The two people most frequently mentioned to head the Pentagon in Donald Trump’s administration are both senators — and some of their chamber’s most hawkish Republicans.
Their colleagues are, at this point, used to their often controversial stances on national security, such as Cotton’s recent argument that waterboarding isn’t torture. Sessions also recently voted against anti-torture legislation, which puts both in line with Trump, who backs the use of waterboarding and “much worse” as interrogation techniques.
But if Trump goes with Sessions, Washington Republicans could be in for a rude awakening: the Alabama Republican has long campaigned for smaller federal budgets, and doggedly favors keeping as a ceiling the overall budget caps that Congress almost surely must lift in order to approve the dramatic defense ramp-up that Trump promised during his campaign.
Defense hawks in Congress are certain that with Cotton, they could raise spending to the levels they have been clamoring for. With Sessions, they aren’t quite so sure.
“Tom Cotton is all in for more defense spending,” Sen. Lindsey Graham (R-S.C.), who said he would vote for either pick, told reporters Tuesday. “Jeff Sessions I think supports more defense spending but he’s been more of a deficit hawk.”
“I have no thoughts about any of the appointees of the president, that’s his prerogative,” commented Senate Armed Services Committee Chairman John McCain (R-Ariz.)
But the Pentagon’s new head may well come from McCain’s rank-and-file. If that happens, the move would not be unprecedented: former president Bill Clinton’s defense secretary William Cohen (R-Maine) served on that panel before joining the administration, and Obama Pentagon chief Chuck Hagel (R-Neb.) had served on Senate Foreign Relations.
Both Sessions and Cotton are Armed Services members. Sessions, who will turn 70 next month, has far more seniority than Cotton, who at 39 would be one of the youngest-ever Secretaries of Defense if selected.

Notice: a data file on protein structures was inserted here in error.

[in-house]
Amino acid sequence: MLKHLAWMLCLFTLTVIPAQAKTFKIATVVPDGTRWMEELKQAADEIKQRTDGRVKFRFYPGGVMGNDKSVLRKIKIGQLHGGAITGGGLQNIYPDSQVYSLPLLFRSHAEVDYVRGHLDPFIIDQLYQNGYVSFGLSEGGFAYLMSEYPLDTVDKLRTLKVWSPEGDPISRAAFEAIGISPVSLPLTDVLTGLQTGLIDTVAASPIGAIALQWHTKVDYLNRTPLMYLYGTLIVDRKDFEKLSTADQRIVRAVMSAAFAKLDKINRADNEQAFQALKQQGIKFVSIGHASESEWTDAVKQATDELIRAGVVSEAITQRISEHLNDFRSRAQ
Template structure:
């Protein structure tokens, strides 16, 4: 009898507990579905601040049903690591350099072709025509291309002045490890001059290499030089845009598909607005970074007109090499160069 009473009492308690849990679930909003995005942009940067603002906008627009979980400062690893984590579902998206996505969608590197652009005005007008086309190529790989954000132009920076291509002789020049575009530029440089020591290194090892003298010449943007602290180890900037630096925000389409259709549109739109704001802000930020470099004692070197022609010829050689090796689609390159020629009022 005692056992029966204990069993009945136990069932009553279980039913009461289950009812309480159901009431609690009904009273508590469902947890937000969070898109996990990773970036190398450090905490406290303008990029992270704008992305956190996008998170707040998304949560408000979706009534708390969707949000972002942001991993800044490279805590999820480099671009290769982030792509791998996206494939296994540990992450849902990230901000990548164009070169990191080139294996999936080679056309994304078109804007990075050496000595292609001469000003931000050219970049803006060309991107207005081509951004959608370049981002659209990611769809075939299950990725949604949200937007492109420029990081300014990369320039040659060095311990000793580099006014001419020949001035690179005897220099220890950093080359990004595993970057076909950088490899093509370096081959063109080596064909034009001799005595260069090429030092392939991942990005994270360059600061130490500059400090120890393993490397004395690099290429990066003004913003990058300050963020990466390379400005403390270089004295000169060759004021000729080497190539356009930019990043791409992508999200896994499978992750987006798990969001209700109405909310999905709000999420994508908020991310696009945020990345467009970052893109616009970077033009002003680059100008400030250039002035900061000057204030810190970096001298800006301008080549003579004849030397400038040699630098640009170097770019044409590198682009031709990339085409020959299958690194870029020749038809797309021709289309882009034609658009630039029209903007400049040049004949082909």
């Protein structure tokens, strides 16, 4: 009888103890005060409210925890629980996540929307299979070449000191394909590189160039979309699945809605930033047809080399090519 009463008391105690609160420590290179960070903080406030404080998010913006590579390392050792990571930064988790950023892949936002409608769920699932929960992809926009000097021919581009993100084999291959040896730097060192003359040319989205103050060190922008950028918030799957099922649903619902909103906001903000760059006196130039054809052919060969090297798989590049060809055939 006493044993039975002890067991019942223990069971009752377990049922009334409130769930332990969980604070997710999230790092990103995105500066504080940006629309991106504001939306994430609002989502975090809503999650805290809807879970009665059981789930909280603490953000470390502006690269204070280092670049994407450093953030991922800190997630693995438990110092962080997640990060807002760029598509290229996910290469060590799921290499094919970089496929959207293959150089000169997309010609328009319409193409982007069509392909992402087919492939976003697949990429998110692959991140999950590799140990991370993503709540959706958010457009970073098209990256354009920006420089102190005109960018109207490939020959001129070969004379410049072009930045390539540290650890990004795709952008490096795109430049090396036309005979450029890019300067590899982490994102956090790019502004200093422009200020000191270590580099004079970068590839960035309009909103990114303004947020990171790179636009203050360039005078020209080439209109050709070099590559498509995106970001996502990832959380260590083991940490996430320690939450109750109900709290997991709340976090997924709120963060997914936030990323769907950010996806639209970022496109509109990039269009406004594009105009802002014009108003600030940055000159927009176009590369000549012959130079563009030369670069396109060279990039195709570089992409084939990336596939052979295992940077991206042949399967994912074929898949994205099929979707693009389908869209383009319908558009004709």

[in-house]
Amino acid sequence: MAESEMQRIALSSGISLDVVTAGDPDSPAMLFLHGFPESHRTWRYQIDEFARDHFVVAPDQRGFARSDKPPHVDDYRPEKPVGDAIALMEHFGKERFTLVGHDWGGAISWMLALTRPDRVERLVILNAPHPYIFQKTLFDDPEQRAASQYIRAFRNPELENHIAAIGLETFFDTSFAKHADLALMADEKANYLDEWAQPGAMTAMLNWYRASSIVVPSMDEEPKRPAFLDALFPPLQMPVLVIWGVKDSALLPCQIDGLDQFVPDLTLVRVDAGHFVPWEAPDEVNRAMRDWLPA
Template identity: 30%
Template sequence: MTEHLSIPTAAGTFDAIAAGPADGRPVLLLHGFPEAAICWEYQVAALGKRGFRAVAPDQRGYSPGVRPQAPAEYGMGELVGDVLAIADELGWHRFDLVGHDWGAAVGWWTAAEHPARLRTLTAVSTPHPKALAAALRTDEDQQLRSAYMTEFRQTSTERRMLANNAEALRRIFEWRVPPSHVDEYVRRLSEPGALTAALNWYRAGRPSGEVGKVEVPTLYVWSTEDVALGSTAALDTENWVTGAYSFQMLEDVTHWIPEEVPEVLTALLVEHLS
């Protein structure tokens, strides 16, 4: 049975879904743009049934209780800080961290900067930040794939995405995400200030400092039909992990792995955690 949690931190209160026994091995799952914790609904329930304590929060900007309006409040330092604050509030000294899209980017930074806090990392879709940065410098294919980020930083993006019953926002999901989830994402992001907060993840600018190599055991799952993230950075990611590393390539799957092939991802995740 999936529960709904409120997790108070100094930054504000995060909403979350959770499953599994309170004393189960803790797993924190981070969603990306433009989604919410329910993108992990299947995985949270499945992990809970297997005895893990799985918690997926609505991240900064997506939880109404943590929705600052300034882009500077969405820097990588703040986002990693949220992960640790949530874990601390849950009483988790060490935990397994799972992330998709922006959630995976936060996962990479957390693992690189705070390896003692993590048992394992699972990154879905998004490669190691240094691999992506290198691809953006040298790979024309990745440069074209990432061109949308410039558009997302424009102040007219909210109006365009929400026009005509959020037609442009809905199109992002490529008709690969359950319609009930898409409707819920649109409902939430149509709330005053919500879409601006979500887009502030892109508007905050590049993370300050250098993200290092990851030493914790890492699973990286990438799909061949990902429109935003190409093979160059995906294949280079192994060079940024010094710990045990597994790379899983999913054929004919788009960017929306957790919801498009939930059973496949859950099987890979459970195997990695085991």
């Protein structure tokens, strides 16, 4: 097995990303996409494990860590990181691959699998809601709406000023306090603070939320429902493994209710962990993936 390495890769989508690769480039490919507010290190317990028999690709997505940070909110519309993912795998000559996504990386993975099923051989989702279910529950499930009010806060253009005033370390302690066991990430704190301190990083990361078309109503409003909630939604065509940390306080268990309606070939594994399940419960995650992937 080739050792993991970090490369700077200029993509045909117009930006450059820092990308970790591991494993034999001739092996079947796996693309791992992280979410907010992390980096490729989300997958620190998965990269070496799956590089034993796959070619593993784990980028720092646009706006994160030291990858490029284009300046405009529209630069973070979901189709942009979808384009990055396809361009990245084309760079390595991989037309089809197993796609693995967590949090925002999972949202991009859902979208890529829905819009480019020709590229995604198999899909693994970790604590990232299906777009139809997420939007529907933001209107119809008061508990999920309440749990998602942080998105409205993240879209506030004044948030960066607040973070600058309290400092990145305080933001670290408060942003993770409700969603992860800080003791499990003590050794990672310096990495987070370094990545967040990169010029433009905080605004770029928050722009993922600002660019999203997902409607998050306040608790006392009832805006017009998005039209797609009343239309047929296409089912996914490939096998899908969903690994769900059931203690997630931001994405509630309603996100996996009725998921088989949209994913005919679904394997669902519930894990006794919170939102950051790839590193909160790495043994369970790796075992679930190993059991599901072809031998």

Both have military experience, though Cotton’s is more recent and perhaps more relevant: he spent four years on active duty, the bulk of it in the Army’s 101st Airborne Division, which included seeing combat during deployments to Iraq and Afghanistan, before joining the Army Reserve for another four years. Sessions was in the Army Reserve from 1973 to 1986.
But neither of the two has significant executive experience running an operation anywhere near as large as the Pentagon, where they would be in charge of over 25,000 employees on-site, not to mention the nearly 2 million additional members of the armed services and reserves, and a budget that constitutes about a sixth of all federal spending.
The next secretary of defense will have to manage that massive operation during a period of significant changes, as Trump and his advisers have promised a massive spike in military spending.
They propose a significant increase in the size of the Army, going from about 450,000 to 550,000, close Trump confidant Rudy Giuliani said over the weekend. They also want a hike in the number of naval warships to 350, from the approximately 275 currently in service. Trump pledges to invest more in cyber defenses, and GOP leaders are looking to him to modernize the nuclear arsenal and pursue a massive expansion of missile defense. Not to mention pay for keeping up the fight against the Islamic State and other radical groups abroad.